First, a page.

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Bovine vs. Human Milk-Based Fortifier Study

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ClinicalTrials.gov Identifier: NCT02137473
Recruitment Status : Completed
First Posted : May 13, 2014
Last Update Posted : May 16, 2018
Sponsor:
Information provided by (Responsible Party):
Deborah O'Connor, The Hospital for Sick Children

May 6, 2014
May 13, 2014
May 16, 2018
August 2014
January 2016   (Final data collection date for primary outcome measure)
Feeding tolerance [ Time Frame: 84 days of age, hospital discharge or when able to consume two oral feeds a day without supplementation (e.g. tube feeding), whichever comes first ]
Percentage of infants with a significant feeding interruption as defined by days feedings held for ≥12 hours OR feeds reduced by >50% (ml/kg/d) not due to a clinical procedure or transitioning to the breast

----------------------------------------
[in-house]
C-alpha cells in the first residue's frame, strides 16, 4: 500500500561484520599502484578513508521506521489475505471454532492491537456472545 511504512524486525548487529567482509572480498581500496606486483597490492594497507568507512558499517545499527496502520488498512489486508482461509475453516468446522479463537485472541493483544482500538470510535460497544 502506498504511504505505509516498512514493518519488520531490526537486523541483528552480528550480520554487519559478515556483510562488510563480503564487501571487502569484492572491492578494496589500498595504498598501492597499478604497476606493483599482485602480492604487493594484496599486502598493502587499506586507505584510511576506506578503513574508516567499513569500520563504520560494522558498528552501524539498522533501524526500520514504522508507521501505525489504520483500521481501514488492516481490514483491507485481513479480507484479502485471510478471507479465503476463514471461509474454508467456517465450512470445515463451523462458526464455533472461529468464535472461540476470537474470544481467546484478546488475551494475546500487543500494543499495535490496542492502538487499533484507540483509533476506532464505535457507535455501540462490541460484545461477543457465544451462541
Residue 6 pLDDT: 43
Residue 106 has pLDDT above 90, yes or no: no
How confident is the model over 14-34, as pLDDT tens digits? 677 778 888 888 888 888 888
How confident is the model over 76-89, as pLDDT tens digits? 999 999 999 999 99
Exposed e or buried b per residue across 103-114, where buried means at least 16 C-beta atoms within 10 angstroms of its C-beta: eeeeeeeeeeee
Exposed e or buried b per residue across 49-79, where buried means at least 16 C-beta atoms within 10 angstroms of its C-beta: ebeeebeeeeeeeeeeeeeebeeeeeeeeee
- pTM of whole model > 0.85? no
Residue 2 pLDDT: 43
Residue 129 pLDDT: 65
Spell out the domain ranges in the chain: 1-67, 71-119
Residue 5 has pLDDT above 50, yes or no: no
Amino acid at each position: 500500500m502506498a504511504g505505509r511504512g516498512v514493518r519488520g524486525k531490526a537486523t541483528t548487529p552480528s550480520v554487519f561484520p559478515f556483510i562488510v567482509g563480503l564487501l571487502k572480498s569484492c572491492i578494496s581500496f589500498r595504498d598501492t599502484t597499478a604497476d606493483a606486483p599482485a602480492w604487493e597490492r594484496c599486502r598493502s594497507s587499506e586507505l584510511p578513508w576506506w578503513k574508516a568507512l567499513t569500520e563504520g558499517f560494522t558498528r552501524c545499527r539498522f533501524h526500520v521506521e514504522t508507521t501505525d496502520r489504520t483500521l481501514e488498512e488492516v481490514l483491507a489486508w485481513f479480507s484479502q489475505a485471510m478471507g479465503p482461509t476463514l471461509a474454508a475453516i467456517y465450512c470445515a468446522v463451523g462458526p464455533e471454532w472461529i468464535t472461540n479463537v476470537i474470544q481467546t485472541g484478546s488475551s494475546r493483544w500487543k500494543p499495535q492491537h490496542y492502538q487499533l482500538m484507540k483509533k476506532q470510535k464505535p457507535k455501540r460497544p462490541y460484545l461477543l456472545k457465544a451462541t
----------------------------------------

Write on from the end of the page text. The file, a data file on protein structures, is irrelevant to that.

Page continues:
Same as current
Complete list of historical versions of study NCT02137473 on ClinicalTrials.gov Archive Site
Growth [ Time Frame: 84 days of age, hospital discharge or when able to consume two oral feeds a day without supplementation (e.g. tube feeding), whichever comes first ]
Daily weight measurements, weekly length measurements, weekly head circumference measurements, z-scores for anthropometric measures
Same as current
  • Other measures of feeding tolerance [ Time Frame: 84 days of age, hospital discharge or when able to consume two oral feeds a day without supplementation (e.g. tube feeding), whichever comes first ]
    Percent and number of days of emesis, gastric aspirates >50% pre-feed volume, abdominal distension (>2 cm), percentage of infants where enteral feeding was terminated and parenteral nutrition had to be commenced, some assessment of the interruption of feeds, how long it takes to reach full enteral feeds (150 ml/kg/d)
  • Gut inflammation [ Time Frame: 84 days of age, hospital discharge or when able to consume two oral feeds a day without supplementation (e.g. tube feeding), whichever comes first ]
  • Morbidity/mortality composite [ Time Frame: 84 days of age, hospital discharge or when able to consume two oral feeds a day without supplementation (e.g. tube feeding), whichever comes first ]
    Necrotizing enterocolitis, late onset sepsis, chronic lung disease, severe retinopathy of prematurity, death